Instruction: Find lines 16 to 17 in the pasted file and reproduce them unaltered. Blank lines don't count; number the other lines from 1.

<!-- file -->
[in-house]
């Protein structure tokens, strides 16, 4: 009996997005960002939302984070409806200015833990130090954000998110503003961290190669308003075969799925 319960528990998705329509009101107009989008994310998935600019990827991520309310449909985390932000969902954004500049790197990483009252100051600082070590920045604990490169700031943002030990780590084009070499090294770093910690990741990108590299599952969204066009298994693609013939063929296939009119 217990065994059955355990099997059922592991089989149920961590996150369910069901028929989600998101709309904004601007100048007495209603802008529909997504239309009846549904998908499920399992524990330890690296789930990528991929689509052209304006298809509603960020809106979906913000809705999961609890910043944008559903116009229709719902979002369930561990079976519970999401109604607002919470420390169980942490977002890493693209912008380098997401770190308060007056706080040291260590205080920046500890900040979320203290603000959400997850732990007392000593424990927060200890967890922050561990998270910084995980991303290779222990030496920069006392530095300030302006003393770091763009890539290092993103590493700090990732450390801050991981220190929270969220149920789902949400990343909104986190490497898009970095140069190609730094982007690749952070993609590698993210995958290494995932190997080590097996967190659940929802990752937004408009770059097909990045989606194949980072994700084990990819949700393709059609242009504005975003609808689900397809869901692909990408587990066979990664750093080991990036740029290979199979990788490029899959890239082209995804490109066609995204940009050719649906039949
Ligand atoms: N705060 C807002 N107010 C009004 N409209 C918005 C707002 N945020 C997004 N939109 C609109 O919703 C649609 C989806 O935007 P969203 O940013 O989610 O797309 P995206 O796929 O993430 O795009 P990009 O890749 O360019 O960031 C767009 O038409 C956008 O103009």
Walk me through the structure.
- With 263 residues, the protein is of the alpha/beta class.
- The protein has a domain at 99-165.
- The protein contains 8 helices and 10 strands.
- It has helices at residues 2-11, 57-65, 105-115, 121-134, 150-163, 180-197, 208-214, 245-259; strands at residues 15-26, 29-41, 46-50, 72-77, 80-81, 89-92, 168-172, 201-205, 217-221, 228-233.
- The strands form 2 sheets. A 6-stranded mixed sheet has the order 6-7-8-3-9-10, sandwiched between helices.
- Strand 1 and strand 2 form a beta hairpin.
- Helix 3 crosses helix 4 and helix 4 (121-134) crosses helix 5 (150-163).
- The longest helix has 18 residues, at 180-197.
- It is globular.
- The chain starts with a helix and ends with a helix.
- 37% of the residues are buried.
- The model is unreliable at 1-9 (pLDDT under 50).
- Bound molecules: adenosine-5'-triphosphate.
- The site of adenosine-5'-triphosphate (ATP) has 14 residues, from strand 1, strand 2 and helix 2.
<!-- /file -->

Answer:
- The model is unreliable at 1-9 (pLDDT under 50).
- Bound molecules: adenosine-5'-triphosphate.